Since becoming Deputy Prime Minister, Nick Clegg has presided over a widely publicised fall in party membership. But it’s not just the Liberal Democrat grassroots that are in danger of becoming extinct.
Since 1901, the surname “Clegg” has plummeted in prevalence by 34 per cent. It’s one of a brace of traditional names identified as slowly disappearing from the nation’s birth certificates: “William” has taken a 97 per cent dive, while Cohen, Ashworth and Crowther have all seen their numbers dip by more than a third.
"We're not sure why Clegg in particular has fallen in prevalence, as names come and go for a number of reasons,” said Miriam Silverman, a spokesperson for Ancestry – the genealogy firm which compiled the research by comparing historical census data with modern records.
“However, a lot of the traditional English names are disappearing (in proportion) as other names (often from Scotland and Ireland) become more popular due to immigration. The Clegg name also originates in East Lancashire, where casualties were heavy during World War I and where Pals Battalions were common - so this may very well have played a part.”
The formation of Pals Battalions, which saw groups of men from the same area fight together, is thought to have helped wipe some surnames off the map.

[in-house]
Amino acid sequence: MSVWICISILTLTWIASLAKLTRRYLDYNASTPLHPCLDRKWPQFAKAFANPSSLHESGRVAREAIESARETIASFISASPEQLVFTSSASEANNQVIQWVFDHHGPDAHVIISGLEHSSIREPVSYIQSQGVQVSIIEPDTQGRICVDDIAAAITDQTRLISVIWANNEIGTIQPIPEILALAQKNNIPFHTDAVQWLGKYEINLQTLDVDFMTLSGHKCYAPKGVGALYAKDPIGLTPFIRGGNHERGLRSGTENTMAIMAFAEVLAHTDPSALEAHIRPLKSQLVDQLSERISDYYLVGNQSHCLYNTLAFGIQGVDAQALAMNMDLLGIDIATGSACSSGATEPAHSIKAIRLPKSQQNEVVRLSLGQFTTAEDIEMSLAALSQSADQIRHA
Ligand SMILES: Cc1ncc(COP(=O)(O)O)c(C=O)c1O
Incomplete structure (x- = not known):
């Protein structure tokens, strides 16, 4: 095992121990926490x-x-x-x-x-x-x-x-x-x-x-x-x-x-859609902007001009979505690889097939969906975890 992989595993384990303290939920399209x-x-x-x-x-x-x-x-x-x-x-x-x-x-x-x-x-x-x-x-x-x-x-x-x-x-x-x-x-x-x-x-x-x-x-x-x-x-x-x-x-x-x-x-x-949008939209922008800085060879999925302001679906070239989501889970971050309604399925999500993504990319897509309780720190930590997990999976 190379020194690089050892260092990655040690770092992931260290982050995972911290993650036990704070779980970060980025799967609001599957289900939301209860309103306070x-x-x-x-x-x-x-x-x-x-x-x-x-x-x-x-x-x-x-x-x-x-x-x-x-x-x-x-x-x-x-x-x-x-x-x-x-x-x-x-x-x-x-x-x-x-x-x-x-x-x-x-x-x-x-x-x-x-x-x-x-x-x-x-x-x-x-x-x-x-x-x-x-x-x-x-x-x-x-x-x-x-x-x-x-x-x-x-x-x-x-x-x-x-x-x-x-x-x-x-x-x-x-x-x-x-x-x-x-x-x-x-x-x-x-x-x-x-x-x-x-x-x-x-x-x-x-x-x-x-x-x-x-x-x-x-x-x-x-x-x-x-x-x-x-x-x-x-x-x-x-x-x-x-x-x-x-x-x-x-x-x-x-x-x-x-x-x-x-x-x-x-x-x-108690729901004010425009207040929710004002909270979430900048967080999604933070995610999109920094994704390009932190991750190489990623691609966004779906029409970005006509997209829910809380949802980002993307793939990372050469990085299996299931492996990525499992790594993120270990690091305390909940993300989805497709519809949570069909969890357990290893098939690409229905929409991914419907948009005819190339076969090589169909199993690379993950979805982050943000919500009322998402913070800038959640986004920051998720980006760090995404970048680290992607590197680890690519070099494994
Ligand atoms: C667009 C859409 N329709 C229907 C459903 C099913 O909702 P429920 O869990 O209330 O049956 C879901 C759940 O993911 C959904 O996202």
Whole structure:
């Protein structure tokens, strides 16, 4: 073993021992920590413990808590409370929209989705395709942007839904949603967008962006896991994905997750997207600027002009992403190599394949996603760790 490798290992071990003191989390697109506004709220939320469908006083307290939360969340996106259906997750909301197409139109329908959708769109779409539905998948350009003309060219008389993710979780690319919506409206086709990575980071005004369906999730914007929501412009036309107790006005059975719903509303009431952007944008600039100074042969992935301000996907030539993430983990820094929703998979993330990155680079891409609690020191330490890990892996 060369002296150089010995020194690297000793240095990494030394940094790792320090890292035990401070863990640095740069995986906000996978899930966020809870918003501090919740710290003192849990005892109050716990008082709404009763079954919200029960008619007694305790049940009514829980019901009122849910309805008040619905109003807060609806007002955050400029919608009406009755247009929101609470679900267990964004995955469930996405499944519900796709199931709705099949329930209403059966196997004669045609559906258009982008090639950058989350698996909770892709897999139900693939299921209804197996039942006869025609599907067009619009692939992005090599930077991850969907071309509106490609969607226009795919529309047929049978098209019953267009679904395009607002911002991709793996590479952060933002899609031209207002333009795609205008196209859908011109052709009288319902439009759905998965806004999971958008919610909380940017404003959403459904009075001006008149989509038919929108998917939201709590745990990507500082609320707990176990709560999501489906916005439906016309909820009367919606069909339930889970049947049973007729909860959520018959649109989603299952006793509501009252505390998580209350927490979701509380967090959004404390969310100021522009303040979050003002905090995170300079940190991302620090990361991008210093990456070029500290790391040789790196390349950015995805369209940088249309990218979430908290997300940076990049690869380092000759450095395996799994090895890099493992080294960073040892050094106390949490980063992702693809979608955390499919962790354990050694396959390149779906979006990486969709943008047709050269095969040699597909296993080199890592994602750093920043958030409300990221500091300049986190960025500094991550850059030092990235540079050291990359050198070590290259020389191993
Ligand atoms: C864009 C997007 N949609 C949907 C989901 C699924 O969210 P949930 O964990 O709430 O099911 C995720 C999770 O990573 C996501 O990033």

Among the 200,000 names to have disappeared in the past century are Hatman, Chips, Woodbead, Funk and Arrendale. Others, including surnames belonging to some of our best known actors, are increasingly rare. There are fewer than 50 individuals named Mirren, Nighy or Bonneville.
Many of the names vanished as immigrants sought to anglicise their names to fit in. Helen Mirren was born Helen Mironoff before her Russian father altered the spelling. “Bonneville and Nighy,” Ms Silverman said, “have always been rare names – even in 1901.”
Mr Clegg, experts warned, needn’t necessarily worry that his name is going out of fashion. “We’ve actually found that nowadays people are aware of the fact their name is special and often go to lengths to protect them. So these names may well be safe!” said Ms Silverman. One in 50 people now use a double-barrelled surname, compared to one in 50,000 in 1901.
Among the fastest growing names are Murphy, Campbell and Kennedy, “reflecting the incoming Irish and Scottish population into England and Wales,” though traditional English names Johnston, Black and Davidson are also booming.
Ancestry’s End of the Line report was published to coincide with Who Do You Think You Are? Live, which opens today at London’s Olympia.